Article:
Increase productivity: By easing technical configuration and rapid deployment of the application. Little question its increased productivity. it not only helps to execute the appliance in an isolated environment but also it’s reduced the resources.

Application Isolation: It provides containers that are wont to run applications in the isolation environment. Each container is independent of a difference and allows us to execute any quiet application.

Swarm: It is a clustering and scheduling tool for the containers. Swarm uses the Docker API as its front, which helps us to use various tools to regulate it. It also helps us to regulate a cluster of the hosts as one virtual host. 

Routing Mesh: It routes the incoming requests for published ports on available nodes to a lively container. This feature enables the connection albeit there’s no task running on the node.

Services: Services may be a list of tasks that lets us specify the state of the container inside a cluster. Each task represents one instance of a container that ought to be running and Swarm schedules them across nodes.

Return on Investment and price Savings: it’s first advantage is ROI. Especially for giant, established companies, which require steady revenue over the future, the answer is merely better if it can drive down costs while raising profits.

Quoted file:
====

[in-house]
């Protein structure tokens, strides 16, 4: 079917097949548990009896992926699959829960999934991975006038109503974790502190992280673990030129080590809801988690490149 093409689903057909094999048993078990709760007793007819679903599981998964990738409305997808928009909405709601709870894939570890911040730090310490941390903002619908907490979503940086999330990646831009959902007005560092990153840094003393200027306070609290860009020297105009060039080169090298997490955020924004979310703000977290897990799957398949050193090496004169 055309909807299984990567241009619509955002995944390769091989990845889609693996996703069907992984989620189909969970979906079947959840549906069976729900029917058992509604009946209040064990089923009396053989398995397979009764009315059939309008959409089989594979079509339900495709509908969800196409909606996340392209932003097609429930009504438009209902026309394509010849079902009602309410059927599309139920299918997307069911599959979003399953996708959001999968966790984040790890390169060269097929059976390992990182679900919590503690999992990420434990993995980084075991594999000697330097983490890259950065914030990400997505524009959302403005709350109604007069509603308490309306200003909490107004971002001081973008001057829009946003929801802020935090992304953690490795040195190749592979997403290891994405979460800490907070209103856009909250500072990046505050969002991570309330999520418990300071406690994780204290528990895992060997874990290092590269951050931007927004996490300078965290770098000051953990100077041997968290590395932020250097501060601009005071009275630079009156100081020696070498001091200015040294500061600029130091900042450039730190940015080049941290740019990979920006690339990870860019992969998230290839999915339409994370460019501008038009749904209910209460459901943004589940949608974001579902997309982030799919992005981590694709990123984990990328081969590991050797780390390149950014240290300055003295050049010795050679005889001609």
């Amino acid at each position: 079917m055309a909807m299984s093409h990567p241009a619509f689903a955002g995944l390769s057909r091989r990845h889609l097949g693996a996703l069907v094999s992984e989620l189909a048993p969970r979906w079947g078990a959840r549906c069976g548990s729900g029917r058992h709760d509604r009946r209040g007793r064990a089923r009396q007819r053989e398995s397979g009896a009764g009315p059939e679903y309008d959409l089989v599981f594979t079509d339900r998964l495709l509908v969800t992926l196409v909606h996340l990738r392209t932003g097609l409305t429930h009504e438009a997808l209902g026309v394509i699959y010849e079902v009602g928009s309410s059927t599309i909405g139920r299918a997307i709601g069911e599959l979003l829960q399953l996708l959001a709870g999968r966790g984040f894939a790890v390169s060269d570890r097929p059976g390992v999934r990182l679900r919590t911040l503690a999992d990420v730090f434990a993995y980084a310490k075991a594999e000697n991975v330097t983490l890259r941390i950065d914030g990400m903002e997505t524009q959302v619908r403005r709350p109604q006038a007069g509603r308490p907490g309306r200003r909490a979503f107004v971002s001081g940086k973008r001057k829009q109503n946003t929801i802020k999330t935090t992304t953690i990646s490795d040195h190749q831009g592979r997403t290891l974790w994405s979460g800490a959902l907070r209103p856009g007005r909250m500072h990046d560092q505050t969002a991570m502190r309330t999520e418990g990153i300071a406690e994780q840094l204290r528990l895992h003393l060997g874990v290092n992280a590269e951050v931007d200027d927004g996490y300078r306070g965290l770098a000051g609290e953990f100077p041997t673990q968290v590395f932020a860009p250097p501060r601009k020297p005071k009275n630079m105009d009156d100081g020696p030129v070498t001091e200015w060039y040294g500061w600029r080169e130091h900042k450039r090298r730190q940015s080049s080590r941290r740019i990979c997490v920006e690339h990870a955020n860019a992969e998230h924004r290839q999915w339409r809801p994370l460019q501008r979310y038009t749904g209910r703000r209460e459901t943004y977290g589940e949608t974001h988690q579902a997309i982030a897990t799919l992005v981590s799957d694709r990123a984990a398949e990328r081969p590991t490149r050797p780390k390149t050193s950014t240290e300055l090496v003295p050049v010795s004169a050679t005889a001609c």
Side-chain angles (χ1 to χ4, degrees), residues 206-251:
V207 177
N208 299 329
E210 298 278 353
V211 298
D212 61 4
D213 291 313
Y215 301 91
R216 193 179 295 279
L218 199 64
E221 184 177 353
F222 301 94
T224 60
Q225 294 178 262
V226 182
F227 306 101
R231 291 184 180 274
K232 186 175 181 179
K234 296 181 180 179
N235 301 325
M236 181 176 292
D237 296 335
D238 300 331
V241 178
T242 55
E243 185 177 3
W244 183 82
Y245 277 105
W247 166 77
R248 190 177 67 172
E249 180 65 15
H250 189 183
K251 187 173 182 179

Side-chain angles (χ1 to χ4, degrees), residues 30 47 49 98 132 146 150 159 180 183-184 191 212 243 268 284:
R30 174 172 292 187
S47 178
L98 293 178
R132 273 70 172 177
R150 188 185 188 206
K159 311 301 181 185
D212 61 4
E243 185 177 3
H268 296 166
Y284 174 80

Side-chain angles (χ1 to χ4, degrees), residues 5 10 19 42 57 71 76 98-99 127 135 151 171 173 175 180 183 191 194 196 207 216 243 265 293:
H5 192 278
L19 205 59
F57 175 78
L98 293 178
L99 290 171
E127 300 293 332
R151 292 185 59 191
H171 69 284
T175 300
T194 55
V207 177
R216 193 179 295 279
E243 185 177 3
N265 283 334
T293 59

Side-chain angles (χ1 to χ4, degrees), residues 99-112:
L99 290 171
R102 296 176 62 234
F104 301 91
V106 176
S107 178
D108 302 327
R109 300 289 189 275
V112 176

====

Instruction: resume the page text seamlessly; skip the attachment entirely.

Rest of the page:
Security Management: It allows us to save lots of secrets into the swarm itself then prefer to give services access to certain secrets.

CI Efficiency: With the assistance of a it, we will build a container image and may further use that very same image over every step of the deployment process. The advantage of it’s the power to separate non-dependent steps and also run them in parallel. Additionally, the duration of your time it takes from build to production may speed up notably.


Some disadvantages of Docker are:

Missing features: There are plenty of feature requests that are under progress, like container self-registration, and self-inspects, copying files from the host to the container, and lots more.

Data within the container: There are times when a container goes down, so then, it needs a backup and recovery strategy, and although we’ve several solutions for that they’re not automated or not very scalable yet.

Provide cross-platform compatibility: The one major issue is that if an application designed to run during a Docker container on Windows, then it can’t run on Linux or the other way around. However, Virtual machines aren’t subject to the present limitation.

Run applications with graphical interfaces: In general, it is meant for hosting applications that run on the instruction. Though we have a couple of ways by which we will make it possible to run a graphical interface inside a Docker container, however, this is often heavy. Hence we will say, for applications that need rich interfaces, it isn’t an honest solution.

Solve all of your security problems: In simple words, we’d like to gauge the Docker-specific security risks and confirm we will handle them before moving workloads to Docker. The rationale behind it’s that Docker creates new security challenges just like the difficulty of monitoring multiple moving pieces within a large-scale, dynamic Docker environment.